Figure 25.1.19 The Eukaryotic Replisome Complex Coordinates DNA Replication. Replication on the leading and lagging strands is performed by Pol ε and Pol δ, respectively. Many replisome factors (including the FPC [fork protection complex], Claspin, And1, and RFC [the replication factor C clamp loader]) are charged with regulating polymerase functions and coordinating DNA synthesis with unwinding of the template strand by Cdc45-MCM [mini-chromosome maintenance]-GINS [go-ichi-ni-san]. The replisome also associates with checkpoint proteins as DNA replication and genome integrity surveillance mechanisms.
Figure from: Lemanm A.R. and Noguchi, E. (2013) Genes 4(1):1-32
At the eukaryotic replication fork, three distinct replicative polymerase complexes contribute to canonical DNA replication: α, δ, and ε. These three polymerases are essential for viability of the cell. Because DNA polymerases require a primer on which to begin DNA synthesis, first, polymerase α (Pol α) acts as a replicative primase. Pol α is associated with an RNA primase and this complex accomplishes the priming task by synthesizing a primer that contains a short ~10-nucleotide RNA stretch followed by 10 to 20 DNA bases. Importantly, this priming action occurs at replication initiation at origins to begin leading-strand synthesis and also at the 5' end of each Okazaki fragment on the lagging strand.
However, Pol α is not able to continue DNA replication. From in vitro studies, it was observed that DNA replication must be “handed off” to another polymerase to continue synthesis. The polymerase switching requires clamp loaders. Initially, it was thought that Pol δ performed leading-strand replication and that Pol α completed each Okazaki fragment on the lagging strand. Using mutator polymerase variants and mapping nucleotide misincorporation events, Kunkel and colleagues found that Pol ε and Pol δ mutations lead to mismatched nucleotide incorporation only on the leading and lagging strands, respectively. Thus, normal DNA replication requires the coordinated actions of three DNA polymerases: Pol α for priming synthesis, Pol ε for leading-strand replication, and Pol δ for generating Okazaki fragments during lagging-strand synthesis (Figure 25.1.16).
In eukaryotes, DNA polymerases are grouped into seven families (A, B, C, D, X, Y, and RT). Crystal structures of the three nuclear replicative DNA polymerases demonstrate that they belong to the B family (Figure 25.1.17). All three replicative DNA polymerases are multi-subunit enzymes (Table 25.1.2)
Table 25.1.2 Subunits of the Major Eukaryotic Replicative DNA Polymerases
All B family polymerases are composed of five subdomains: the fingers, thumb, and palm which constitute the core of the enzyme, as well as an exonuclease domain and an N-terminal domain (NTD). The palm, a highly conserved fold composed of four antiparallel β strands and two helices, harbors two strictly conserved catalytic aspartates located in motif A, DXXLYPS and motif C, DTDS (Figure 25.1.20). This fold is shared by a very large group of enzymes, including DNA and RNA polymerases, reverse transcriptases, CRISPR polymerase, and even reverse (3′–5′) transferases. In contrast, the thumb and fingers subdomains exhibit substantially more structural diversity. The fingers undergo a conformational change upon binding DNA and the correct incoming nucleotide. This movement allows residues in the fingers subdomain to come in contact with the nucleotide in the nascent base pair. The thumb holds the DNA duplex during replication and plays a part in processivity. The exonuclease domain carries a 3′–5′ proofreading activity, which removes misincorporated nucleotides. The NTD seems to be devoid of catalytic activity. In pol δ the NTD comprises three motifs: one has a topology resembling an OB fold, a single-stranded DNA binding motif, and another bears an RNA-binding motif (RNA Recognition Motif or RRM). The NTD likely plays a role in polymerase stability and fidelity through its interactions with other domains.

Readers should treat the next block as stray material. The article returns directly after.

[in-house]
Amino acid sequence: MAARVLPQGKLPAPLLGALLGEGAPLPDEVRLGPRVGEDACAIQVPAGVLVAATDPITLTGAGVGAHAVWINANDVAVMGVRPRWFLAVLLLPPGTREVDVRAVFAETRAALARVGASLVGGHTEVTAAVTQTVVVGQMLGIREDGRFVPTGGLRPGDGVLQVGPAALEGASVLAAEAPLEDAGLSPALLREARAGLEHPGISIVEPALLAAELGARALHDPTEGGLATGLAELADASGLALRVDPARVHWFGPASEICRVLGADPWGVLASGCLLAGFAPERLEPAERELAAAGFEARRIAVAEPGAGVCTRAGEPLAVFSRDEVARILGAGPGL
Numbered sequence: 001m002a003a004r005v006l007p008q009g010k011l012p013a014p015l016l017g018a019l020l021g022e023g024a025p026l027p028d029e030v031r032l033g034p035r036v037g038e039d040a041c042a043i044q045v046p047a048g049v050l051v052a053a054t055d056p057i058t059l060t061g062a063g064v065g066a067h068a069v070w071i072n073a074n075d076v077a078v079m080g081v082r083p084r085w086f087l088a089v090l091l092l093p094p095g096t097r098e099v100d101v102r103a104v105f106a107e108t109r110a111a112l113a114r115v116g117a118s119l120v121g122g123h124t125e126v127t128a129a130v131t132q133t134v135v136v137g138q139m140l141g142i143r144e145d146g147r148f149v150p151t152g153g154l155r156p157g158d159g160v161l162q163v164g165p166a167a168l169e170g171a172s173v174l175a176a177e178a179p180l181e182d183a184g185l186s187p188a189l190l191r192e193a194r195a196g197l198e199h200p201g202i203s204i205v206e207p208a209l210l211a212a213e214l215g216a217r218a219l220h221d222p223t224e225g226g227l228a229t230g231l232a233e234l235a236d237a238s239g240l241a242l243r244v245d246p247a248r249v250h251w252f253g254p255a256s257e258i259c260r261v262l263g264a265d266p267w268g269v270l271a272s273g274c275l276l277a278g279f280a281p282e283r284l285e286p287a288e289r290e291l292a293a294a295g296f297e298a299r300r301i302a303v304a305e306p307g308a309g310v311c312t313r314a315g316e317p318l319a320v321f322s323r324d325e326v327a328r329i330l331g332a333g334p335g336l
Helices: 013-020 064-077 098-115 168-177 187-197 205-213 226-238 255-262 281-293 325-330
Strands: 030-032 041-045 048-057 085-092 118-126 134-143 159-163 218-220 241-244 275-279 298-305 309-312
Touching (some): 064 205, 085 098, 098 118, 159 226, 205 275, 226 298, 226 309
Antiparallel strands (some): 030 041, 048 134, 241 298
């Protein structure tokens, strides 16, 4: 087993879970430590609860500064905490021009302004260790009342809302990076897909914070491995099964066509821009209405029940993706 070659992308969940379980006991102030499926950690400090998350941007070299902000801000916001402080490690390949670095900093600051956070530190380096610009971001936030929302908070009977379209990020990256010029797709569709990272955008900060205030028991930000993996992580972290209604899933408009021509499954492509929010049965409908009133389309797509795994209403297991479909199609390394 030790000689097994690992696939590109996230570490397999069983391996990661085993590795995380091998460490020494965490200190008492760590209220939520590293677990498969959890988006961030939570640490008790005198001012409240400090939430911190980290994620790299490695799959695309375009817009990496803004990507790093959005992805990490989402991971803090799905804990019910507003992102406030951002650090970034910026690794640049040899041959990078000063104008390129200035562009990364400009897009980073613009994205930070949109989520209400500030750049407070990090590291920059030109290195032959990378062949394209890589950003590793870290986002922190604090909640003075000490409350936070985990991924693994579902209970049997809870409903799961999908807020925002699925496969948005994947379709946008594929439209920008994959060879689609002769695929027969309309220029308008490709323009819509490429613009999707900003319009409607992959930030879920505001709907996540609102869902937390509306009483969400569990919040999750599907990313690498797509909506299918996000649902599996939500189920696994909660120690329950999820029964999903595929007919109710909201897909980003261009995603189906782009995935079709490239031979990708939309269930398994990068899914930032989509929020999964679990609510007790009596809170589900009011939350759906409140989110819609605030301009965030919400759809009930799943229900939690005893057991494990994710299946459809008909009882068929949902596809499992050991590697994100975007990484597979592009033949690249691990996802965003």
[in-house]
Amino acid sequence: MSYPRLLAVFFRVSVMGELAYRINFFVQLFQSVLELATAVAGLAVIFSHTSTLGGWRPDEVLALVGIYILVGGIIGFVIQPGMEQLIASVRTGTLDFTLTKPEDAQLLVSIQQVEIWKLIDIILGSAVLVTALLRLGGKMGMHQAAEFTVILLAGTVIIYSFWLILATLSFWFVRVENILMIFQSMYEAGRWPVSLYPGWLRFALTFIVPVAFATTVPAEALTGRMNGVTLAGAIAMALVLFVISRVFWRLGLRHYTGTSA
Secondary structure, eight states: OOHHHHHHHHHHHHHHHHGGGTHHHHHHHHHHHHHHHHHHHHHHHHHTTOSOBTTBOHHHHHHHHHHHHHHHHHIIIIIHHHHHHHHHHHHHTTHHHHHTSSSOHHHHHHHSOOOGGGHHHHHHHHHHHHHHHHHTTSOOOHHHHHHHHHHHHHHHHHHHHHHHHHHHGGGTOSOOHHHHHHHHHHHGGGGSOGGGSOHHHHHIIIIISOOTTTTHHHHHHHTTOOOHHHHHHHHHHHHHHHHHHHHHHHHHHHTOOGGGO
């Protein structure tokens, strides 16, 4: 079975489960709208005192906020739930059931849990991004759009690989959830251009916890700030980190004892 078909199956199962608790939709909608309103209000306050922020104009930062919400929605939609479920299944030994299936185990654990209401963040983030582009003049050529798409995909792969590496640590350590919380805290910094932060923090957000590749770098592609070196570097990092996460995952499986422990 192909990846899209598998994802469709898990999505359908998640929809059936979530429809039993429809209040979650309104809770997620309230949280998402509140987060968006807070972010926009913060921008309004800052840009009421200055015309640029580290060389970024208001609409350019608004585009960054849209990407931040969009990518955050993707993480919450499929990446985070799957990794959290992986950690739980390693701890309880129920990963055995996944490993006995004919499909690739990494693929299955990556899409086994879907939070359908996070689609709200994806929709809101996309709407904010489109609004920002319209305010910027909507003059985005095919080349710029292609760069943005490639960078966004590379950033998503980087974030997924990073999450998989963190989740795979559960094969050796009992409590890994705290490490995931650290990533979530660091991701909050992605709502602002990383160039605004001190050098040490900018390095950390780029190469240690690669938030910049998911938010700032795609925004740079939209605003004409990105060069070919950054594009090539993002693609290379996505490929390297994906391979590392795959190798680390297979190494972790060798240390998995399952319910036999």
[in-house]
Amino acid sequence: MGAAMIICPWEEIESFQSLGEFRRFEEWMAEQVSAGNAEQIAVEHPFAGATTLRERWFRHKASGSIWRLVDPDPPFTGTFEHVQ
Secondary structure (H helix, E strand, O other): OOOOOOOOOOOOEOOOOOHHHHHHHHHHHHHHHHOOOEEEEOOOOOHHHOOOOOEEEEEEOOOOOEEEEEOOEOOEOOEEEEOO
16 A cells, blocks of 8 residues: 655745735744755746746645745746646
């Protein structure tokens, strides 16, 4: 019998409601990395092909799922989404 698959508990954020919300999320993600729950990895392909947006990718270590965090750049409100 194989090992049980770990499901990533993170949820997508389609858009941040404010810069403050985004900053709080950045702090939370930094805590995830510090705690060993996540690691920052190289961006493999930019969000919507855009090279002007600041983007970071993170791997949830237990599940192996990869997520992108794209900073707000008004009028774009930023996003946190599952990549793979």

Figure 25.1.20 Ternary complexes of polymerases α, δ, ε, and RB69 gp43 are illustrated from identical orientations for comparison. The thumb (green) and fingers (dark blue) domains grasp the duplex nucleic acid (primer shown in beige, template in orange) against the palm domain (red). The N-terminal domain appears in gold, adjacent to the 3′–5′ exonuclease domain (cyan). (A) Polymerase α (PDBID 4FYD) binds an RNA/DNA hybrid, where the wide, shallow minor groove of A-form DNA is apparent near the thumb. The 3′–5′ exonuclease domain is devoid of activity. A helical region (magenta) in the inactivated exonuclease domain stabilizes the 5′end of the template. (B) Polymerase δ (PDBID 3IAY) harbors a large β hairpin motif (magenta), which is important in switching the primer strand from the polymerase active site to the exonuclease active site in the event of proofreading. (C) Polymerase ε (PDBID 4M8O) wields a unique P-domain (purple), which endows the polymerase with increased processivity. Interestingly, the β hairpin motif is atrophied in pol ε. (D) Conservation of the family B DNA polymerase fold, and domain organization, is evident when the model enzyme from bacteriophage RB69 gp43 (PDBID 2OZS) is viewed along with the three eukaryotic replicative polymerases. The domain delineation for each polymerase is given in Table S1. Figure was made with PyMOL (The PyMOL Molecular Graphics System, Version 126.96.36.199 Schrödinger, LLC.)